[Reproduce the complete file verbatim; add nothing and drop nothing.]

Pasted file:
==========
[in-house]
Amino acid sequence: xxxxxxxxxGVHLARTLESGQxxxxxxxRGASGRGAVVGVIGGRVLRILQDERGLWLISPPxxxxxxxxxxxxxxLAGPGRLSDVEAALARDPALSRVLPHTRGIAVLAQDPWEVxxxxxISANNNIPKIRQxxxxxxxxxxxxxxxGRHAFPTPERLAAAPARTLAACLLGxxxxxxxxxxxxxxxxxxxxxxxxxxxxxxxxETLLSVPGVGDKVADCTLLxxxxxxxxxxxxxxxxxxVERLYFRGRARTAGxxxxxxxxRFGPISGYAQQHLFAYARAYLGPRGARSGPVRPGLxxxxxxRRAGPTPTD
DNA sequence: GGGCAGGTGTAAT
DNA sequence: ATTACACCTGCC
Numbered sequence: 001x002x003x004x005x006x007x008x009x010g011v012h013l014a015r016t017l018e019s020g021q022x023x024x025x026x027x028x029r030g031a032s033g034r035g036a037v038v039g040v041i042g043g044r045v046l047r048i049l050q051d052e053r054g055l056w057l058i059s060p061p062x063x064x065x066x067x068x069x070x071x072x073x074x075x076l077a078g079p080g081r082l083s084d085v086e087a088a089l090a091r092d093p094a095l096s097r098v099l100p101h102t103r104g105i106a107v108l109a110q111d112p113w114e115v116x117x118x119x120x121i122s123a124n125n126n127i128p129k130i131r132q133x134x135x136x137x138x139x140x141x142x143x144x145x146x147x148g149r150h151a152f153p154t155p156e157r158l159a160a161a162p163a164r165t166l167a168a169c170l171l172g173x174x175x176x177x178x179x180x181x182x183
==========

[in-house]
Amino acid sequence: xxxxxxxxxGVHLARTLESGQxxxxxxxRGASGRGAVVGVIGGRVLRILQDERGLWLISPPxxxxxxxxxxxxxxLAGPGRLSDVEAALARDPALSRVLPHTRGIAVLAQDPWEVxxxxxISANNNIPKIRQxxxxxxxxxxxxxxxGRHAFPTPERLAAAPARTLAACLLGxxxxxxxxxxxxxxxxxxxxxxxxxxxxxxxxETLLSVPGVGDKVADCTLLxxxxxxxxxxxxxxxxxxVERLYFRGRARTAGxxxxxxxxRFGPISGYAQQHLFAYARAYLGPRGARSGPVRPGLxxxxxxRRAGPTPTD
DNA sequence: GGGCAGGTGTAAT
DNA sequence: ATTACACCTGCC
Numbered sequence: 001x002x003x004x005x006x007x008x009x010g011v012h013l014a015r016t017l018e019s020g021q022x023x024x025x026x027x028x029r030g031a032s033g034r035g036a037v038v039g040v041i042g043g044r045v046l047r048i049l050q051d052e053r054g055l056w057l058i059s060p061p062x063x064x065x066x067x068x069x070x071x072x073x074x075x076l077a078g079p080g081r082l083s084d085v086e087a088a089l090a091r092d093p094a095l096s097r098v099l100p101h102t103r104g105i106a107v108l109a110q111d112p113w114e115v116x117x118x119x120x121i122s123a124n125n126n127i128p129k130i131r132q133x134x135x136x137x138x139x140x141x142x143x144x145x146x147x148g149r150h151a152f153p154t155p156e157r158l159a160a161a162p163a164r165t166l167a168a169c170l171l172g173x174x175x176x177x178x179x180x181x182x183